Suddenly, we moved out of the jungle into the more sparse and barren land, with the temperature dropping and the body beginning to ache a little, just like our lectures in Qualitative Research Methods and Exercise Psychology, both fascinating subjects but equally exhausting on the mind. At times, I thought I was one of the subjects in a psychological experiment that we had read about (Millgram experiment). Everything became clear with the practicality of the Applied Positive Psychology and Performance Psychology modules, where I especially found my “lived experiences” had served me well. Soon Andree Walkin, Niamh Briggs and I found our “nerdiness” to join Niall Ramsbottom, Aoibhne Warner and Zaire Covarrubias, who had “nerd experience” from psychology undergraduate training.
Now firmly on the mountain and into a rhythm, the banter was brilliant, just like our course characters John, Marc, Michael Clancy and Jordan Baker-Blanc, and more so Aisling Holton and Aoife Dolan, who were so diligent. After hours on the mountain base camps, we would reminisce over tea under the camp fire, it was similar in UL, but a few bags of cans, lightened the load as a few of our ‘over the pond’ students let go, no names mentioned of course. What goes on expedition stays there!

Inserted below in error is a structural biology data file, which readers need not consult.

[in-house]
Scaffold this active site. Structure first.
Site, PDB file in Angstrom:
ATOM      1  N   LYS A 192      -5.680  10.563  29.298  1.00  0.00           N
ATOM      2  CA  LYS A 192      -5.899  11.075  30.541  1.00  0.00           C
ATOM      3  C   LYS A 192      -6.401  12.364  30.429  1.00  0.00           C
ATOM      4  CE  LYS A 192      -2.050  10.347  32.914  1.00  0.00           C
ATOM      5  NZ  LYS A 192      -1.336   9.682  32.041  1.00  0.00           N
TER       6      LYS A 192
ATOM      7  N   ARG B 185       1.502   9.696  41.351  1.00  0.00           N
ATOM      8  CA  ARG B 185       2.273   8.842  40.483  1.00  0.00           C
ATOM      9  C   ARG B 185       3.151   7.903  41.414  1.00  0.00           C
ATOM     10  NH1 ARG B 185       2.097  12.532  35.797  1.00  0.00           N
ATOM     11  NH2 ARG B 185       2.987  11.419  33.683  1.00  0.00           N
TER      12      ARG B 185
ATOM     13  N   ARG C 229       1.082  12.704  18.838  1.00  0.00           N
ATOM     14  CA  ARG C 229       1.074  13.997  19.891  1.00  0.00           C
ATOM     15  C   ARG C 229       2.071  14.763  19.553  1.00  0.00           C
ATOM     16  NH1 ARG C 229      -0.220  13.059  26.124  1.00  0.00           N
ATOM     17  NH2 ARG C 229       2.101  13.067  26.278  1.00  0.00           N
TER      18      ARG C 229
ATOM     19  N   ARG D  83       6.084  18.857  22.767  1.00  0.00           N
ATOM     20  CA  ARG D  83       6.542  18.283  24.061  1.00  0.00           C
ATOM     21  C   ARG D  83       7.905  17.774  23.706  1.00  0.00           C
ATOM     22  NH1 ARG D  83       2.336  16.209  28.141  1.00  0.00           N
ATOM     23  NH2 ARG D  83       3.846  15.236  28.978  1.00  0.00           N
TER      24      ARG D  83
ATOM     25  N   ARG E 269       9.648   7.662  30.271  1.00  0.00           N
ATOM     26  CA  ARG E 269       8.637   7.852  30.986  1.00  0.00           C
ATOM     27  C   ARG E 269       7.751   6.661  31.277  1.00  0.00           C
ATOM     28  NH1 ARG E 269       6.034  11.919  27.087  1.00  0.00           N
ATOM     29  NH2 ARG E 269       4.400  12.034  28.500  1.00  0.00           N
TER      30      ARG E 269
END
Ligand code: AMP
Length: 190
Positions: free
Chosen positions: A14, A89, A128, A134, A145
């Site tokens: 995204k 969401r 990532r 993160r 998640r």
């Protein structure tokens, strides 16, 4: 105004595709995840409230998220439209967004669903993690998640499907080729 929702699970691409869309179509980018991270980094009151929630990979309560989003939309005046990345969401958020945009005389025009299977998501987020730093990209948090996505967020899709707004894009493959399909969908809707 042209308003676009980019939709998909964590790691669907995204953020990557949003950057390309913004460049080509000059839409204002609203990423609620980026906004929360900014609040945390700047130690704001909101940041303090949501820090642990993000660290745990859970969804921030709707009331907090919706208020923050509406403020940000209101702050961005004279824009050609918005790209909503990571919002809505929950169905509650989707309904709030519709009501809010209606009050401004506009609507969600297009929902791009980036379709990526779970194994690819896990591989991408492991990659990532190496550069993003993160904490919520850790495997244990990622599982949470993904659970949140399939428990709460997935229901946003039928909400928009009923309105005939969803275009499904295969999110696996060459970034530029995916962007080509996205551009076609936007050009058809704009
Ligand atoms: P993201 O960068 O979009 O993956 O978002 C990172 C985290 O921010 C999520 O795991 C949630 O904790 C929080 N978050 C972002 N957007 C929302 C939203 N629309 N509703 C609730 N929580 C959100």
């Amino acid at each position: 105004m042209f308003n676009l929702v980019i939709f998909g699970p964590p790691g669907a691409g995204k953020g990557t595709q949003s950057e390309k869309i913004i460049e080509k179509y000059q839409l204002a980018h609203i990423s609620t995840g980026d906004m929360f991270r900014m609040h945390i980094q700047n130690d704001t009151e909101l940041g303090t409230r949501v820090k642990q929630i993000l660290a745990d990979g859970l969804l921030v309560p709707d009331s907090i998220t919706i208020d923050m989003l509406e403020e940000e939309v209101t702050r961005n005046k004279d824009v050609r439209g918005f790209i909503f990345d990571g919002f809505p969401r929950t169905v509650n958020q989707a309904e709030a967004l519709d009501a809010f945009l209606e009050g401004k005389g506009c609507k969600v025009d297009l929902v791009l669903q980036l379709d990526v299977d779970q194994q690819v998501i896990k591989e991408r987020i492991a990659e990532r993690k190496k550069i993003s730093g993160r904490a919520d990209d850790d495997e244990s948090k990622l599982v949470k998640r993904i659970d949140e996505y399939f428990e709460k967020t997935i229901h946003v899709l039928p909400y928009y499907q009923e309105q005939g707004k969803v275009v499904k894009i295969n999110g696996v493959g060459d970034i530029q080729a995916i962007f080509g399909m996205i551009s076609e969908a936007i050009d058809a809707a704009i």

As the mountain became steeper and the weariness became evident, our attention narrowed as we saw the mountain crest become clearer and the air rapidly became thinner. While in Limerick, all our energy (and a few other emotions), were firmly focused on assignments, exams, group presentations and reflections.
As we woke early to embark on our final ascent the anxiety, panic and worry soon turned into ecstasy, joy and relief as we stood on the summit to see one of the wonders of the world . . . Africa from above with a beer with our fellow mountaineers. Down in Limerick, we celebrated our challenging climb a with a homebrew concoction from Malta . . . thanks Jasmin, and more refreshment courtesy of Bridget Connors, who was fast becoming one of the locals.
The altitude sickness kicked in on our first descent down to basecamp just like us the morning after the night before. Soon we were seeing the fauna on our descent, just like our second semester. Just like the descent down Mount Kenya with a few aching limbs, a few blisters and a body in need of a hot shower but with all the pride in the world from our earlier experience, the Skill Acquisition presentations, Case Studies on Ethical Dilemmas, Transition assignments, Research proposals, statistical assessments, weren’t a breeze but we were all in tune, and refreshment was close with our Summer School classes out in the wonderful greenery of Clarisford Park.